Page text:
Presidential spokesperson Harry Roque based his comparison of the novel coronavirus situation between the Philippines and New Zealand on population instead of the differences in government response.
New Zealand announced early this week that their country is now COVID-19-free after having zero active cases for at least 17 days since the first known case was confirmed last February.
New Zealand Prime Minister Jacinda Ardern finally lifted all containment measures imposed on the country’s nearly five million residents and the economy reopened.
Prior to this, it recorded a total of 1,504 cases and 22 deaths.
“While the job is not done, there is no denying this is a milestone … Thank you, New Zealand,” Ardern told reporters.
When asked for comment about such achievement, Roque said in an interview with state-run PTV-4 last June 10 that the Philippines cannot replicate the same achievement as New Zealand because of the differences in population.
“Tatapatin ko po kayo. Medyo mahirap makamit ‘yan ng Pilipinas. Kasi kung ikukumpara mo sa New Zealand, ang land area niyan ay kasinglaki lang ng Luzon, ang population niyan ay 5 million lang,” Roque said.
“Eh tayo sa Metro Manila lang, 14 million na tayo so talagang dikit dikit na tayo, dahilan kung bakit mabilis kumalat ang sakit. So I’m happy for the New Zealanders, pero limited population po sila at malaking land area, kaya siguro ganun,” he added.
Some Filipinos criticized Roque for citing the population as the reason for the country’s struggles in containing the spread of the COVID-19.
Dr. Jai Cabajar, a resident at the Philippine General Hospital and Internal Medicine, pointed this out on Twitter.
“We all know the population isn’t the only reason,” Twitter user Cabajar said.
Another user argued that contrary to the Duterte administration, New Zealand’s government studies the needs of its constituents.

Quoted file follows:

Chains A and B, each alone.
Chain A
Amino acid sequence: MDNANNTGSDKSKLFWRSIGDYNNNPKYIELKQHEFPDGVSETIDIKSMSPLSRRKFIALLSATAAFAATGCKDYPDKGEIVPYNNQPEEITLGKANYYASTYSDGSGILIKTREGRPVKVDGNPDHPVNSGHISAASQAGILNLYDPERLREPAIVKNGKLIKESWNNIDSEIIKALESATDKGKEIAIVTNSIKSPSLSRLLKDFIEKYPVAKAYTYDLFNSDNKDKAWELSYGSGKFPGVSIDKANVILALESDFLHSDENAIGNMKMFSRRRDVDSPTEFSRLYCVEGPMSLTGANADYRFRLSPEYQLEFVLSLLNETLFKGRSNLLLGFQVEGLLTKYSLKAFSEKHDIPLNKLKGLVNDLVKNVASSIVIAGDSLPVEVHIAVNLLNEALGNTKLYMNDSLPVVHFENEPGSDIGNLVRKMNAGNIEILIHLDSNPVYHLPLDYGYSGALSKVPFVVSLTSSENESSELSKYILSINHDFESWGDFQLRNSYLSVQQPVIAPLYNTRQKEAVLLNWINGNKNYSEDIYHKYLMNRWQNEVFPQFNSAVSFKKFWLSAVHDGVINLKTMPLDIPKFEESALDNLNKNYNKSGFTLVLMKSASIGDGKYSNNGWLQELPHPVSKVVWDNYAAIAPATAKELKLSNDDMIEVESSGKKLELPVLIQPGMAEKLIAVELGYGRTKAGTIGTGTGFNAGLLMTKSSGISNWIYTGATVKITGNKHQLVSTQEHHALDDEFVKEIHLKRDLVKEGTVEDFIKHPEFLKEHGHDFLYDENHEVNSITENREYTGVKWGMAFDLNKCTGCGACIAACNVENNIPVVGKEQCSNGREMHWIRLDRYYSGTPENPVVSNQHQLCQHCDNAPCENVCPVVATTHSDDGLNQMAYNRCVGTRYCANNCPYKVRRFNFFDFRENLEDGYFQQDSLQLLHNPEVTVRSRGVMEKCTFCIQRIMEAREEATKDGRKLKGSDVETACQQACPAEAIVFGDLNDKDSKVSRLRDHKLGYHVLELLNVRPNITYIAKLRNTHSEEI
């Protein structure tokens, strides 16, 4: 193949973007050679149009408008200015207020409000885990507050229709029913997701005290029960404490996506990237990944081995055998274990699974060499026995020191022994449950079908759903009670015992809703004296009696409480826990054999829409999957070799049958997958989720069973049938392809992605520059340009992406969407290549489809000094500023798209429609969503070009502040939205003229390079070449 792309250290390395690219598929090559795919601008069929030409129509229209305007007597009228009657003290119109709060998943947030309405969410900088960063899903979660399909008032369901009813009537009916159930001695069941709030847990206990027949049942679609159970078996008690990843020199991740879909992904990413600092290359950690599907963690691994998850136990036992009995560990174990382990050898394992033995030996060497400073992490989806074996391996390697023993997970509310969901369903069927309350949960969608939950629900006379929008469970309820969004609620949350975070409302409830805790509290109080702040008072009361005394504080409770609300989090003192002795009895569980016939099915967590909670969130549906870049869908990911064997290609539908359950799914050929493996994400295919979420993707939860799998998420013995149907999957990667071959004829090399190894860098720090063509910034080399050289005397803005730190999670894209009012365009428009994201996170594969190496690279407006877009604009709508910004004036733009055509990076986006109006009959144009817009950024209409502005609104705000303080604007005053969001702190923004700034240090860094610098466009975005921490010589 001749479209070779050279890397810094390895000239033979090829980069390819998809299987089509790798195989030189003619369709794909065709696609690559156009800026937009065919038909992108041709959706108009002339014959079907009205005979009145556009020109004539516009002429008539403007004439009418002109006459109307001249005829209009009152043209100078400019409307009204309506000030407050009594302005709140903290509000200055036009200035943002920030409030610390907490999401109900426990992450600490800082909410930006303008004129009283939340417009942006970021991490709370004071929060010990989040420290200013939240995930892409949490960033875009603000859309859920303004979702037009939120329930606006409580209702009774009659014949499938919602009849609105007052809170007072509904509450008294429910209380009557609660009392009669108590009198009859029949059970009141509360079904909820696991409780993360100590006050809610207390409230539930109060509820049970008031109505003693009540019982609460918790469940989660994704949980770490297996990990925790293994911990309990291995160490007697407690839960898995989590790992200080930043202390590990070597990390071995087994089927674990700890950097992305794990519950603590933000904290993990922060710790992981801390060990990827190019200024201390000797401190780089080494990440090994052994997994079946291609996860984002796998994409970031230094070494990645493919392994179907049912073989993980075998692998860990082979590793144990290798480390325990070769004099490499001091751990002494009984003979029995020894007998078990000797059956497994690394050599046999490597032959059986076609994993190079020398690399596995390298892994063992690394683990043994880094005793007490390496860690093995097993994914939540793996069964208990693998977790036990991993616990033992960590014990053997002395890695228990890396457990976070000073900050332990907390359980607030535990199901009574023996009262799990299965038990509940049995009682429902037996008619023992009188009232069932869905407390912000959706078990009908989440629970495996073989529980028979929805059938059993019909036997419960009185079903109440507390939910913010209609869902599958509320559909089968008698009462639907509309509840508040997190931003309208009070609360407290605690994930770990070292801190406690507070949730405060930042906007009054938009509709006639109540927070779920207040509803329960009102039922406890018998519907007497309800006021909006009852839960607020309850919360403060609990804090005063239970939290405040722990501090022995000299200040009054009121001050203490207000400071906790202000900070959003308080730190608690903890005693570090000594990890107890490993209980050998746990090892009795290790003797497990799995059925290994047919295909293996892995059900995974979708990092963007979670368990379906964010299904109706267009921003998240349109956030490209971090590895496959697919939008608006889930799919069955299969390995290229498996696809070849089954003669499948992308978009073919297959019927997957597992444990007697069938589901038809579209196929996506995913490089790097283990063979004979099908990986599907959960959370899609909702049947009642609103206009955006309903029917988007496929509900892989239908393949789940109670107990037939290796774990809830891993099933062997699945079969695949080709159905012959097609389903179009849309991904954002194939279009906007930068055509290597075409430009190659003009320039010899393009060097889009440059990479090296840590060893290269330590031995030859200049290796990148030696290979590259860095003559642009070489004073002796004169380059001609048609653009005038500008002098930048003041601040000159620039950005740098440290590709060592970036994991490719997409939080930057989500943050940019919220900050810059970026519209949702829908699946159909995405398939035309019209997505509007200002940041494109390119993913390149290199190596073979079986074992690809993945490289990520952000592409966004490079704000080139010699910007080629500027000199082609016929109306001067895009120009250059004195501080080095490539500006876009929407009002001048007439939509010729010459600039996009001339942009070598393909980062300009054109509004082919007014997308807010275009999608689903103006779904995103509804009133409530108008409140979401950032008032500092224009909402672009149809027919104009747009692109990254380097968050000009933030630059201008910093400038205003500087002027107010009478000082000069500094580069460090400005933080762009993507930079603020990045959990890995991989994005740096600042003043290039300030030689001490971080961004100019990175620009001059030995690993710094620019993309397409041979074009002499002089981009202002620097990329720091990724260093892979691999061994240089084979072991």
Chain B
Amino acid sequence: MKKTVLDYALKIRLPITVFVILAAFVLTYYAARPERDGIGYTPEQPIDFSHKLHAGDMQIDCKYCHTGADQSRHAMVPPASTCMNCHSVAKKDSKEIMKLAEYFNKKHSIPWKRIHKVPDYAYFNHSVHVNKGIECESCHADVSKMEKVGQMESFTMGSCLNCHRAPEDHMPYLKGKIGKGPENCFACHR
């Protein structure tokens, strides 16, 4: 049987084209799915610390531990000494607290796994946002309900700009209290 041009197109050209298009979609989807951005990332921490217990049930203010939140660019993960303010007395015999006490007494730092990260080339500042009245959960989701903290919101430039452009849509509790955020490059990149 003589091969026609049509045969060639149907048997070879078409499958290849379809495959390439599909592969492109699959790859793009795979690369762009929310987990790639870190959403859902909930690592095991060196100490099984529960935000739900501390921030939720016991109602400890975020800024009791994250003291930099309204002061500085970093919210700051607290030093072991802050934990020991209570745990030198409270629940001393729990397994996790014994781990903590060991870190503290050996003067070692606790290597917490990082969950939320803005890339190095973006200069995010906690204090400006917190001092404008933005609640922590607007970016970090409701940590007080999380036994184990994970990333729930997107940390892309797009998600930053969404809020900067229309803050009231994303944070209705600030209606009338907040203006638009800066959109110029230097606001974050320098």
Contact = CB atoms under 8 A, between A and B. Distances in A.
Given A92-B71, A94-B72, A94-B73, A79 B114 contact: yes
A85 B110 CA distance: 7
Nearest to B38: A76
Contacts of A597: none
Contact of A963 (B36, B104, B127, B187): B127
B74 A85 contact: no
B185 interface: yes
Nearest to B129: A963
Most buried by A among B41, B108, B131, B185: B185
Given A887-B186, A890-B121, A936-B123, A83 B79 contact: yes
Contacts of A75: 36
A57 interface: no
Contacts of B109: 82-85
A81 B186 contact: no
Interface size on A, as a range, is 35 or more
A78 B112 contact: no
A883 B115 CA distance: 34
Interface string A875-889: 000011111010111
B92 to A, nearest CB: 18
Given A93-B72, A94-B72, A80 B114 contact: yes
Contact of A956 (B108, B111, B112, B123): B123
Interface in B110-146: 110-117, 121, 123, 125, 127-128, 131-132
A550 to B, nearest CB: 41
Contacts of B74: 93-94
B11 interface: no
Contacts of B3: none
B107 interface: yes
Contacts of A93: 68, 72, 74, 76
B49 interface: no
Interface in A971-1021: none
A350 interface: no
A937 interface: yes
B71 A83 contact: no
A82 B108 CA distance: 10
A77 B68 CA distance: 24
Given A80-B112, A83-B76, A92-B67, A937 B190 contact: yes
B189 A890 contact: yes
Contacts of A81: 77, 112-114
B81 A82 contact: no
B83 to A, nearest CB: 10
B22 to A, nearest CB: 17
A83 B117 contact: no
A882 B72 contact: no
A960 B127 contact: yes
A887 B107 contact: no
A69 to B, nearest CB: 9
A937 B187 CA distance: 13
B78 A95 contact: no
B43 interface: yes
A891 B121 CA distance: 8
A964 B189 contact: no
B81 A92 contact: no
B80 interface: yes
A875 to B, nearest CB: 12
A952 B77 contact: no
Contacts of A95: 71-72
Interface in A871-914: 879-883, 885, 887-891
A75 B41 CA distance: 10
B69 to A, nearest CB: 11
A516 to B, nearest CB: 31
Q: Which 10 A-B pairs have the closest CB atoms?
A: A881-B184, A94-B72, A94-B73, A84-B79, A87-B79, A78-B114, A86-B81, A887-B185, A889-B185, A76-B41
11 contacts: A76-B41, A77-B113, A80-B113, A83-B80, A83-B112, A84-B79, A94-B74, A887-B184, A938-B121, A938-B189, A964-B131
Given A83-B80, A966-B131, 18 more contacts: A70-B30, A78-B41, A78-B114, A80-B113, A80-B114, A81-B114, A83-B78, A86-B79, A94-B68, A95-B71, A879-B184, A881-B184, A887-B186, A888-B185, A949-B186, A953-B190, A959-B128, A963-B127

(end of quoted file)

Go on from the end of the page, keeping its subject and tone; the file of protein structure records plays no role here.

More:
“One thing that New Zealand has, and the Philippines does not is a government that carefully studies its country and its constituents. Not what Harry Roque is claiming,” the user said.
Another user, meanwhile, made a quick fact-check on Roque’s claim that Luzon and New Zealand have the same land area.
— 𝚢𝚊𝚗𝚜𝚑𝚞𝚊 #JunkTerrorBill (@ryan_joshua_) June 10, 2020
Quick comparisons between New Zealand and the Philippines
Compared to the small Oceania country, as of June 11, the Philippines has a total of 24,000 positive cases, wherein 253 are “fresh” and 190 are “late.” Meanwhile, the deadly virus killed a total of 1,027 Filipinos.
Local researchers from the University of the Philippines have warned the national government over prematurely lifting of restrictions or lifting them too soon in areas that still have the highest numbers of COVID-19 cases, including Metro Manila.
One Facebook user even noticed that their previous prediction that the number of cases will reach 24,000 by June 15 already happened on June 11, days prior to the expected date.
BUT DID UP SCIENTISTS STUTTER???Read more: https://news.mb.com.ph/2020/05/09/up-study-shows-lifting-of-ecq-on-may-15-may-result-in-24000-covid-19-cases-by-june-15/
Aside from the high transmission rate, there are also discrepancies among the data of the National Task Force against COVID-19, data presented by Roque to the public, data from the Department of Health and other third-party trackers.
Local scientists have also revealed other issues in the country’s health care system such as lack of supplies and medical personnel which hinder them from flattening the curve.
National Geographic reported that New Zealand started to ban flights from China early on February 3 and imposed strict lockdown measures last March despite only having a few cases back then.
The lockdown protocols New Zealand imposed during that time were considered to be among the “strictest” or “harshest” in the world.
Categorized as level 4 restrictions, grocery stores, pharmacies, hospitals and petrol stations are the only industries or businesses allowed. Social interaction, meanwhile, was restricted within households.
While the residents are in quarantine, the government implemented the “isolate, test, treat and trace” protocols the World Health Organization required to suppress and control the new pathogen.
Time Magazine that aside from this strategy, New Zealand’s relatively remote location greatly contributed to its success.
“It is 2,500 miles east of Australia and its nearest neighbor is the tiny island chain of New Caledonia, 1,200 miles to the north, the article read.
Moreover, low population density also played an important role given that transmissions happen via close contact.